What is the abiding image of 2015? One picture turned the political tide in Europe. In early September the body of a drowned toddler washed up on a Turkish beach. The shocking photograph of Aylan Kudi’s little body, face-down in the sand, came to symbolize the desperate plight of refugees. Within 12 hours the image was seen by an estimated 20 million people and shamed European governments into taking action. It was no longer acceptable to speak about those fleeing war as a ‘swarm’ or ‘flood’. Humanity broke through in the image. It was deeply moving. It was a picture that changed everything.
One church, San Anton in downtown Madrid incorporated this image in their adaptation of a Nativity Crib. The figure of Aylan takes the place of the baby Jesus while his grief-stricken parents replace Mary and Joseph. Instead of a stable, the trio are sheltered by a refugee tent with reproductions of drawings by refugee children of their journeys. They stand on a map of the perilous journeys those feeling war take today.
Is this what you expect of the church at Christmas? Doesn’t it ruin the festive atmosphere?
The answer depends on whether your version of Christmas comes from a ‘disneyfied’ school nativity play or from the real Bible story. Matthew’s gospel follows the story of the mysterious Magi (decorative and exotic on a Christmas cards near you) with a much darker story – a power-crazy despot, the slaughter of innocent children and a family forced to flee by crossing dangerous international borders. In the middle of this story of politics and massacre are a little refugee family – Joseph, Mary and their toddler, Jesus.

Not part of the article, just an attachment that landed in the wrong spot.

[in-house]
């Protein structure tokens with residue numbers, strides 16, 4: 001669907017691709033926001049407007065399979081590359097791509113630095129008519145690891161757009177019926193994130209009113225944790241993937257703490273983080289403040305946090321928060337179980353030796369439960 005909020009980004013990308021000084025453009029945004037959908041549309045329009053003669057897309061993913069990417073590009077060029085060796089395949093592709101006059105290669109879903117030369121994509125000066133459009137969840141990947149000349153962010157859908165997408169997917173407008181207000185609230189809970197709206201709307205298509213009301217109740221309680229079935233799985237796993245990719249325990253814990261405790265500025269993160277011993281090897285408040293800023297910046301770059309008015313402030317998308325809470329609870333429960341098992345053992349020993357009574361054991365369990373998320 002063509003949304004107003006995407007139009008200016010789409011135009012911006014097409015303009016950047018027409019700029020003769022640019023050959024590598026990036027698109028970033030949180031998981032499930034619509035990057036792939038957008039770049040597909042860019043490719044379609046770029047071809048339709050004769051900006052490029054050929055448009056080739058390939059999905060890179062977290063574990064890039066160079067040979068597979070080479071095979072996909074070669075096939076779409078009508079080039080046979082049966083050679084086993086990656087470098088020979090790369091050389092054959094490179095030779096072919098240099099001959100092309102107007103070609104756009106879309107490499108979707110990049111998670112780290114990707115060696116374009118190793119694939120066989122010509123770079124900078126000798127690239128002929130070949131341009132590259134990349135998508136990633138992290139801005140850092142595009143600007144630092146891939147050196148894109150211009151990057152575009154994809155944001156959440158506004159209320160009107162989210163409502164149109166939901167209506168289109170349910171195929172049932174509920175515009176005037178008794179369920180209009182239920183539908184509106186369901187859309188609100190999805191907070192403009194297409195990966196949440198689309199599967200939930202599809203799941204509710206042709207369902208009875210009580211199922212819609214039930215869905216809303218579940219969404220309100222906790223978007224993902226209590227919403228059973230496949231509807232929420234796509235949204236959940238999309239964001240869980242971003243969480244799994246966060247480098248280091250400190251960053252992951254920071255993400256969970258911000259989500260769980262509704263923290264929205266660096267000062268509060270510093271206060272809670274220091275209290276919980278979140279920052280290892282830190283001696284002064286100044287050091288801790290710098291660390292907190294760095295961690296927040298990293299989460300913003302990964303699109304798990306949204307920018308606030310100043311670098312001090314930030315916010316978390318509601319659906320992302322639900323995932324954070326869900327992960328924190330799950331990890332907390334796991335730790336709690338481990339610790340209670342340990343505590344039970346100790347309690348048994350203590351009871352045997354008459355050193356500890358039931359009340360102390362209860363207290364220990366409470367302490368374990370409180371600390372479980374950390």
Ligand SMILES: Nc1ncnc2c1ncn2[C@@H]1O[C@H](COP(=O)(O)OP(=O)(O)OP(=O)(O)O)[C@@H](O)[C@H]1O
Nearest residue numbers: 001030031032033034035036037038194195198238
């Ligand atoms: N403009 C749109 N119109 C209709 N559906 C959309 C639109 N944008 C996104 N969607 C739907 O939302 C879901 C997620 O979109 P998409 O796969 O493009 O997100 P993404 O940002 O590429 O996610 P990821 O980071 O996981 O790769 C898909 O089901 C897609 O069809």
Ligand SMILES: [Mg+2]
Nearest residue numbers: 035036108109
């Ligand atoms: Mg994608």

It’s not the most popular scene for a card and not many Primary School drama teachers dress their little charges as child-killing soldiers to run amok in the school hall. But it is authentically Christmas. https://www.biblegateway.com/passage/?search=matthew+2%3A13-21&version=NLT
I think the church in Madrid got it right. The Christmas story is far from child’s play. It forces us to address all manner of prejudices. The angelic invitation of filthy shepherds asks us to consider whether we are really qualified to say who God calls dirty? The inclusion of the Magi disturbs our ideas of insiders and outsiders, and whether revelation adheres to tidy religious boundaries. The Escape to Egypt surely also asks us to look again at Jesus and see a refugee child. And to look at the refugee and see Jesus. How can we not show compassion and confer a proper sense of dignity to today’s refugees, children like Aylan, when their experience is part of our Holy Family’s?